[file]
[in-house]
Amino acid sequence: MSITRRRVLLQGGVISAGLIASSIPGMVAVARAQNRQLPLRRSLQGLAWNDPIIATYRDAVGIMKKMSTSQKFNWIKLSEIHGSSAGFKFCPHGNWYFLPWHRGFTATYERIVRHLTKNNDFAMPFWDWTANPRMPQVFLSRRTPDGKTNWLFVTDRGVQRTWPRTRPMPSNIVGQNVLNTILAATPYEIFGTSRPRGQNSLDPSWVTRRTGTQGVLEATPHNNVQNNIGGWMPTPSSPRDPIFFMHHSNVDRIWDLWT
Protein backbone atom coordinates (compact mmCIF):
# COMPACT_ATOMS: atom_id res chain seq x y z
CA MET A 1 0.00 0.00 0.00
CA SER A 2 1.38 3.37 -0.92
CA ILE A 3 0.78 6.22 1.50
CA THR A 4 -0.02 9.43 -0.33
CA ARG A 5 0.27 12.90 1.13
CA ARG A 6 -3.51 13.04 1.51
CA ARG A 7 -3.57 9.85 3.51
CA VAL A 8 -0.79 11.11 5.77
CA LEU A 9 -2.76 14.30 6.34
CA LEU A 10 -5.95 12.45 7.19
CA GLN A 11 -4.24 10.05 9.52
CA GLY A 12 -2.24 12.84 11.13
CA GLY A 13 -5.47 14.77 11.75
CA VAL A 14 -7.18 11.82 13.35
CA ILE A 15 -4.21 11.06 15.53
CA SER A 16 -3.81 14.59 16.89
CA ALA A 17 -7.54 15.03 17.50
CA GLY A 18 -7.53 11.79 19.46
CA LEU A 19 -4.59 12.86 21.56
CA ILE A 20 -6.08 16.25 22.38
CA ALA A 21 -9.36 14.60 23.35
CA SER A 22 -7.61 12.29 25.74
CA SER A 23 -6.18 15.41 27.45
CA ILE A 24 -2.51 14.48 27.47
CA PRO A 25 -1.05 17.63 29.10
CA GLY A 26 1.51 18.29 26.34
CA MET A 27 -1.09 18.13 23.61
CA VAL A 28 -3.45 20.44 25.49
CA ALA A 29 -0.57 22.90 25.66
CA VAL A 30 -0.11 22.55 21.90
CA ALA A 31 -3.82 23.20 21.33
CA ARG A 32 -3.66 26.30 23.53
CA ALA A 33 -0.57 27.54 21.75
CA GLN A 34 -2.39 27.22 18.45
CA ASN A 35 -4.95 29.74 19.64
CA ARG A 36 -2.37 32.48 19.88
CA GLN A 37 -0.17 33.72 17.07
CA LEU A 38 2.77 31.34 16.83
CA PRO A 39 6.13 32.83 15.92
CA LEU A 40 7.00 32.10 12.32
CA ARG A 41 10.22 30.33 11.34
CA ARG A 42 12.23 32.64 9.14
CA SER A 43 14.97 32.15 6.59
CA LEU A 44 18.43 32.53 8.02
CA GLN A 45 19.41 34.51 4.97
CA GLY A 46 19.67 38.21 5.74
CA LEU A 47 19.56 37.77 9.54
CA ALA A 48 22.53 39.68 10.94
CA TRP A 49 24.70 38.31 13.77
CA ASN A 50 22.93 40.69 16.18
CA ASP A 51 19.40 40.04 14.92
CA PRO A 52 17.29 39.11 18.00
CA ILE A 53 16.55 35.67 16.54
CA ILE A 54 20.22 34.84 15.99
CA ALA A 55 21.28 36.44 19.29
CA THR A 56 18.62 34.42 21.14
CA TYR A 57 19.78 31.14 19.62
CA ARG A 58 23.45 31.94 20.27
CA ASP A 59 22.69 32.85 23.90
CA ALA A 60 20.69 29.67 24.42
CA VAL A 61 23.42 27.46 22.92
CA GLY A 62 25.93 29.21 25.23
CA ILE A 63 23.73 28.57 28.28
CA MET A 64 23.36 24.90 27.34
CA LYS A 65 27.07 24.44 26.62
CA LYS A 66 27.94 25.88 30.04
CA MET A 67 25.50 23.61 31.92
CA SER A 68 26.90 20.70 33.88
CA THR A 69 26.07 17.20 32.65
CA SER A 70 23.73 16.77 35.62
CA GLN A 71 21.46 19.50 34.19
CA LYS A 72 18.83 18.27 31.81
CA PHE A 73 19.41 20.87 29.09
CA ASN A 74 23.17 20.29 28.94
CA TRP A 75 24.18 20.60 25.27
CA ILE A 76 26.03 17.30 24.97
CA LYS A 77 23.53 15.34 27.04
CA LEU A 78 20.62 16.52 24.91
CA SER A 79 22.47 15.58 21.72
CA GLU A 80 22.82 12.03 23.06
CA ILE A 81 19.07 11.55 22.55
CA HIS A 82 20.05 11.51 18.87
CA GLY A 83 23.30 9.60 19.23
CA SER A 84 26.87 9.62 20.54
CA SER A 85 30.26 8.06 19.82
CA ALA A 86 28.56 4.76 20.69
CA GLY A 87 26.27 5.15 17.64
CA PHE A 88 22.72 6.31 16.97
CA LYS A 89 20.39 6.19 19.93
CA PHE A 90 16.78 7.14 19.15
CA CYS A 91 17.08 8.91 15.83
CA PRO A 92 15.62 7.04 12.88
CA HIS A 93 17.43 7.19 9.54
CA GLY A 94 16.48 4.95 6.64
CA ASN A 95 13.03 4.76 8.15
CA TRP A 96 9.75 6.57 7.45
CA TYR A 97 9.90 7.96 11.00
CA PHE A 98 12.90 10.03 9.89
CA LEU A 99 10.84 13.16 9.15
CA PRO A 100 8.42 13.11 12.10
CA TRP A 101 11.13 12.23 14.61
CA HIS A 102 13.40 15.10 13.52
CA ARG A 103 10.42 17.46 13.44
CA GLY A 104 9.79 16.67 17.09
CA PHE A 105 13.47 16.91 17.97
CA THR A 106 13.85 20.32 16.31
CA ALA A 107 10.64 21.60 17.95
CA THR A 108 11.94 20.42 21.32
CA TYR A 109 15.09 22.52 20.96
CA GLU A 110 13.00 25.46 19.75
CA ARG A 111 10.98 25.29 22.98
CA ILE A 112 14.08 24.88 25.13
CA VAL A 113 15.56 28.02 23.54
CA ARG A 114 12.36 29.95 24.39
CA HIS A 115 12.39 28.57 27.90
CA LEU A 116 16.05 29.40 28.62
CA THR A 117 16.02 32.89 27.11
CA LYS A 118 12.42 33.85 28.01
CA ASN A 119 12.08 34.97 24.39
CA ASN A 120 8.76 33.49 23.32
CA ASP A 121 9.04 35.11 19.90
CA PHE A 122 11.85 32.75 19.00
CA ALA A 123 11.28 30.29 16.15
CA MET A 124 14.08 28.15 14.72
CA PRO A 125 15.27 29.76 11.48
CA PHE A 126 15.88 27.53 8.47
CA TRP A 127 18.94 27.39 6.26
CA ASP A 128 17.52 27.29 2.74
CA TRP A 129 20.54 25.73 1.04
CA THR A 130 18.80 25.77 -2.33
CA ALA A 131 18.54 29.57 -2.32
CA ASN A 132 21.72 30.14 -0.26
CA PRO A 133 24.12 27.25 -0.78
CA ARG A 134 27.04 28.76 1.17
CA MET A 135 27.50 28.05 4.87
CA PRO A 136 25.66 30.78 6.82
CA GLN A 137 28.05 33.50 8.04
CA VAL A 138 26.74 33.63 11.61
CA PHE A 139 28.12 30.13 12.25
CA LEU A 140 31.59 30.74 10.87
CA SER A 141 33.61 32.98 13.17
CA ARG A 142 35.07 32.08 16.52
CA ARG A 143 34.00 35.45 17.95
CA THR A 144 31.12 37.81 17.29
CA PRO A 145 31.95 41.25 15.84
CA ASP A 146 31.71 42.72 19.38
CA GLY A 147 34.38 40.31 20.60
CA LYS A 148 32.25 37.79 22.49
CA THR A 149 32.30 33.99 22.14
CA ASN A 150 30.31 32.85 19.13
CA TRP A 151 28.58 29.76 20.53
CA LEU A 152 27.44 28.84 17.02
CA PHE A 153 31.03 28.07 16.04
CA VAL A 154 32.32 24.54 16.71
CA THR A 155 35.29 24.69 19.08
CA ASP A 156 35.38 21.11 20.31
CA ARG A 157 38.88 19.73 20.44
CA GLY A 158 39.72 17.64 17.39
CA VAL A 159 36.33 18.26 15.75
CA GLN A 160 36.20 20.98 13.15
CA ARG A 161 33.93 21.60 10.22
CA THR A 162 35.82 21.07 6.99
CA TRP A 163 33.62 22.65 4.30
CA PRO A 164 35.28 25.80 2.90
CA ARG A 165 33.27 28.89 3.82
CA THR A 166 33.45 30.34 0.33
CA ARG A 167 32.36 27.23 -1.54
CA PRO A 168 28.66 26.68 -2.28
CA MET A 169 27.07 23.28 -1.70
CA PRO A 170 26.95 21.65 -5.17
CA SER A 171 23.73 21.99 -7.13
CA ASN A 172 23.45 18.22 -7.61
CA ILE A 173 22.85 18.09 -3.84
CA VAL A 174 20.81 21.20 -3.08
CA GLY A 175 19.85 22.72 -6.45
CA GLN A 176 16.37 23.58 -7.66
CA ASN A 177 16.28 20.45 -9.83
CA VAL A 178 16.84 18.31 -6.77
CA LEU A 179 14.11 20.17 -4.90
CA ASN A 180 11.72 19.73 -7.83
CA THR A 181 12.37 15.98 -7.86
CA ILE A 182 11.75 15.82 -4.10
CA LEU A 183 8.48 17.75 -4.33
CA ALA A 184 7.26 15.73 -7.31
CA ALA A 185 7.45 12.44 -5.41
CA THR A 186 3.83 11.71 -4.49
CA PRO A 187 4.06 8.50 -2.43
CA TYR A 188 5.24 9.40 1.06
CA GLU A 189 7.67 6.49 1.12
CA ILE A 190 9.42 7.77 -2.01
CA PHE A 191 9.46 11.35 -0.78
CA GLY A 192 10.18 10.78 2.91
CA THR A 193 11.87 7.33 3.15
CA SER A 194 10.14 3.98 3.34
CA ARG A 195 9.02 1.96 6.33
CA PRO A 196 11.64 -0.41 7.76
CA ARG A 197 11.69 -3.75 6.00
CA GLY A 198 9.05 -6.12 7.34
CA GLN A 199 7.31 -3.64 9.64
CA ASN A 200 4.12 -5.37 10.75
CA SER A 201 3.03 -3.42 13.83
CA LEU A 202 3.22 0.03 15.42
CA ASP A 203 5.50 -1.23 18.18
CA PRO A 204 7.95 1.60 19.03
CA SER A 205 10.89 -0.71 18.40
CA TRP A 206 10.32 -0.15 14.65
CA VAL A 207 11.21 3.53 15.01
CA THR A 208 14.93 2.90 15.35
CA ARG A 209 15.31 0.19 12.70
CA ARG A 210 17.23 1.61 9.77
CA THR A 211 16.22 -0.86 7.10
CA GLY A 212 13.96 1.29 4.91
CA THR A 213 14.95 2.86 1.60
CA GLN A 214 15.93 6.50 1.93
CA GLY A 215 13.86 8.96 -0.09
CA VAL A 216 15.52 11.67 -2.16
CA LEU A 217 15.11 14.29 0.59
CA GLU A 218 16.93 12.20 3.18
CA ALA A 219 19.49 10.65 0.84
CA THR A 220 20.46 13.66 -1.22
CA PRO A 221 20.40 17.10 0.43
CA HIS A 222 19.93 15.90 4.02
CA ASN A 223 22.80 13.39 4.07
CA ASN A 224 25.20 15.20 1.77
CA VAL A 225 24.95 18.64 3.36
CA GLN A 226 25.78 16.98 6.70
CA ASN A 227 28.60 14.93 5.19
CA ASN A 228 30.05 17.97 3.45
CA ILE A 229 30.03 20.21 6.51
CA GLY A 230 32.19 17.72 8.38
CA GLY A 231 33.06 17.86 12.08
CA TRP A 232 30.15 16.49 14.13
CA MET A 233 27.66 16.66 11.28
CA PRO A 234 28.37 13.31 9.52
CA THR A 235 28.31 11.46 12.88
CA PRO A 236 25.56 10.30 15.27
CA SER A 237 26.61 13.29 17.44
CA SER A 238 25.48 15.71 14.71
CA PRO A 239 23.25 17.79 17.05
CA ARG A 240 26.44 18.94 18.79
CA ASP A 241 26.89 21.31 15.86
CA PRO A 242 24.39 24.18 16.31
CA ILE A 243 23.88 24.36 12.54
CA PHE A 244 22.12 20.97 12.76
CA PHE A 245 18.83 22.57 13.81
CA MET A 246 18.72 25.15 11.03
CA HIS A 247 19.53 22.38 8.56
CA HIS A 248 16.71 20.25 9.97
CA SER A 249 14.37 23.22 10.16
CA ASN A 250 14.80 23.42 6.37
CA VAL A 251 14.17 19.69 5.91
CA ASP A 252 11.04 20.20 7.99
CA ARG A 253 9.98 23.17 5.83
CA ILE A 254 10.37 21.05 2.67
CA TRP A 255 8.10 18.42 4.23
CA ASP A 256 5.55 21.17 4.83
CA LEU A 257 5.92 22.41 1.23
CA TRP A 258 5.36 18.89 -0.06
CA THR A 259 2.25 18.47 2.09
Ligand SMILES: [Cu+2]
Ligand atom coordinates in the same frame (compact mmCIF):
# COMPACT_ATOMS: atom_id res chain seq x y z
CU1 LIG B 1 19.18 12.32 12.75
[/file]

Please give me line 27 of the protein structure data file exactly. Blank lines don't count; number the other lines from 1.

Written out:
CA SER A 23 -6.18 15.41 27.45